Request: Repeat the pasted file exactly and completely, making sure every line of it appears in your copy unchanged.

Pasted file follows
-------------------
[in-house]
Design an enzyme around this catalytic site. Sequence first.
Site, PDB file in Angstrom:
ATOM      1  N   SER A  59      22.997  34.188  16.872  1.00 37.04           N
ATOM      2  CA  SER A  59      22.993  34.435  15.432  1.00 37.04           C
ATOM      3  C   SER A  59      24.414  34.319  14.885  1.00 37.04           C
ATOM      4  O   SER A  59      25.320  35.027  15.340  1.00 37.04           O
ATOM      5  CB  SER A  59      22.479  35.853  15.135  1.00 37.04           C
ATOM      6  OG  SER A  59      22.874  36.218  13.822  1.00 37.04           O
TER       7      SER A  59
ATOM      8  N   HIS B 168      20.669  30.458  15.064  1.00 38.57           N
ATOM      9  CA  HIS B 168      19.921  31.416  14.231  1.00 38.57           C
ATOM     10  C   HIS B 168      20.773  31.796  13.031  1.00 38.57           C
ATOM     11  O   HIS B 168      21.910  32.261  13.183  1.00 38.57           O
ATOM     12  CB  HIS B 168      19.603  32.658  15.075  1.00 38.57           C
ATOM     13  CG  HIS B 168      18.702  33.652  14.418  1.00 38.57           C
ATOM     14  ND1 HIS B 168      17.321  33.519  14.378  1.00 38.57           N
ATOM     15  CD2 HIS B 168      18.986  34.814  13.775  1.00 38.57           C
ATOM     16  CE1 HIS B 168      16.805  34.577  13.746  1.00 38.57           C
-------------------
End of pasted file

[in-house]
Design an enzyme around this catalytic site. Sequence first.
Site, PDB file in Angstrom:
ATOM      1  N   SER A  59      22.997  34.188  16.872  1.00 37.04           N
ATOM      2  CA  SER A  59      22.993  34.435  15.432  1.00 37.04           C
ATOM      3  C   SER A  59      24.414  34.319  14.885  1.00 37.04           C
ATOM      4  O   SER A  59      25.320  35.027  15.340  1.00 37.04           O
ATOM      5  CB  SER A  59      22.479  35.853  15.135  1.00 37.04           C
ATOM      6  OG  SER A  59      22.874  36.218  13.822  1.00 37.04           O
TER       7      SER A  59
ATOM      8  N   HIS B 168      20.669  30.458  15.064  1.00 38.57           N
ATOM      9  CA  HIS B 168      19.921  31.416  14.231  1.00 38.57           C
ATOM     10  C   HIS B 168      20.773  31.796  13.031  1.00 38.57           C
ATOM     11  O   HIS B 168      21.910  32.261  13.183  1.00 38.57           O
ATOM     12  CB  HIS B 168      19.603  32.658  15.075  1.00 38.57           C
ATOM     13  CG  HIS B 168      18.702  33.652  14.418  1.00 38.57           C
ATOM     14  ND1 HIS B 168      17.321  33.519  14.378  1.00 38.57           N
ATOM     15  CD2 HIS B 168      18.986  34.814  13.775  1.00 38.57           C
ATOM     16  CE1 HIS B 168      16.805  34.577  13.746  1.00 38.57           C